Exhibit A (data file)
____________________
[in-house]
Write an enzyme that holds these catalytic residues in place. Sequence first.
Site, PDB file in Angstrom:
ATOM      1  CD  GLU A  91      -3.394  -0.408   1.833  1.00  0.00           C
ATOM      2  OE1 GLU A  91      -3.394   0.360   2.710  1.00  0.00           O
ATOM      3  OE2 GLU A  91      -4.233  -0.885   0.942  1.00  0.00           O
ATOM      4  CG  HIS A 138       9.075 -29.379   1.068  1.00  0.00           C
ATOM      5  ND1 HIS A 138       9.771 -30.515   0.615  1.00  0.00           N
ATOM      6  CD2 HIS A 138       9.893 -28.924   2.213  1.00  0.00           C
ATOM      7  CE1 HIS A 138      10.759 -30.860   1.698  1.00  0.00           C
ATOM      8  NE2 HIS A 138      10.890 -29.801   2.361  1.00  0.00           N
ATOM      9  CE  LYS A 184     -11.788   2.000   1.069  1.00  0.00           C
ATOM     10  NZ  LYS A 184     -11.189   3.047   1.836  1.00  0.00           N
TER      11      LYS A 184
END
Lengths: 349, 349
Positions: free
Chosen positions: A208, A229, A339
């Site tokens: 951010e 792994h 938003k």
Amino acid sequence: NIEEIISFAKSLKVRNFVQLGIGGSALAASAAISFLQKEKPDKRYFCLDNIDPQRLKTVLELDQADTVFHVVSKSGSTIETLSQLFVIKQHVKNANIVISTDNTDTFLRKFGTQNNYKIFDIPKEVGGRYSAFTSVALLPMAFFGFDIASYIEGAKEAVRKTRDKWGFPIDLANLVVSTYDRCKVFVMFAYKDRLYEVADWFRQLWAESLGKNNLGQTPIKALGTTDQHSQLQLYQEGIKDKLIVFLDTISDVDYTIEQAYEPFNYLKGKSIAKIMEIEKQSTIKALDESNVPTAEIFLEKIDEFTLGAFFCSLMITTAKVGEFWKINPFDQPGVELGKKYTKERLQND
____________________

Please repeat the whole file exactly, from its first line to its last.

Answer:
[in-house]
Write an enzyme that holds these catalytic residues in place. Sequence first.
Site, PDB file in Angstrom:
ATOM      1  CD  GLU A  91      -3.394  -0.408   1.833  1.00  0.00           C
ATOM      2  OE1 GLU A  91      -3.394   0.360   2.710  1.00  0.00           O
ATOM      3  OE2 GLU A  91      -4.233  -0.885   0.942  1.00  0.00           O
ATOM      4  CG  HIS A 138       9.075 -29.379   1.068  1.00  0.00           C
ATOM      5  ND1 HIS A 138       9.771 -30.515   0.615  1.00  0.00           N
ATOM      6  CD2 HIS A 138       9.893 -28.924   2.213  1.00  0.00           C
ATOM      7  CE1 HIS A 138      10.759 -30.860   1.698  1.00  0.00           C
ATOM      8  NE2 HIS A 138      10.890 -29.801   2.361  1.00  0.00           N
ATOM      9  CE  LYS A 184     -11.788   2.000   1.069  1.00  0.00           C
ATOM     10  NZ  LYS A 184     -11.189   3.047   1.836  1.00  0.00           N
TER      11      LYS A 184
END
Lengths: 349, 349
Positions: free
Chosen positions: A208, A229, A339
């Site tokens: 951010e 792994h 938003k």
Amino acid sequence: NIEEIISFAKSLKVRNFVQLGIGGSALAASAAISFLQKEKPDKRYFCLDNIDPQRLKTVLELDQADTVFHVVSKSGSTIETLSQLFVIKQHVKNANIVISTDNTDTFLRKFGTQNNYKIFDIPKEVGGRYSAFTSVALLPMAFFGFDIASYIEGAKEAVRKTRDKWGFPIDLANLVVSTYDRCKVFVMFAYKDRLYEVADWFRQLWAESLGKNNLGQTPIKALGTTDQHSQLQLYQEGIKDKLIVFLDTISDVDYTIEQAYEPFNYLKGKSIAKIMEIEKQSTIKALDESNVPTAEIFLEKIDEFTLGAFFCSLMITTAKVGEFWKINPFDQPGVELGKKYTKERLQND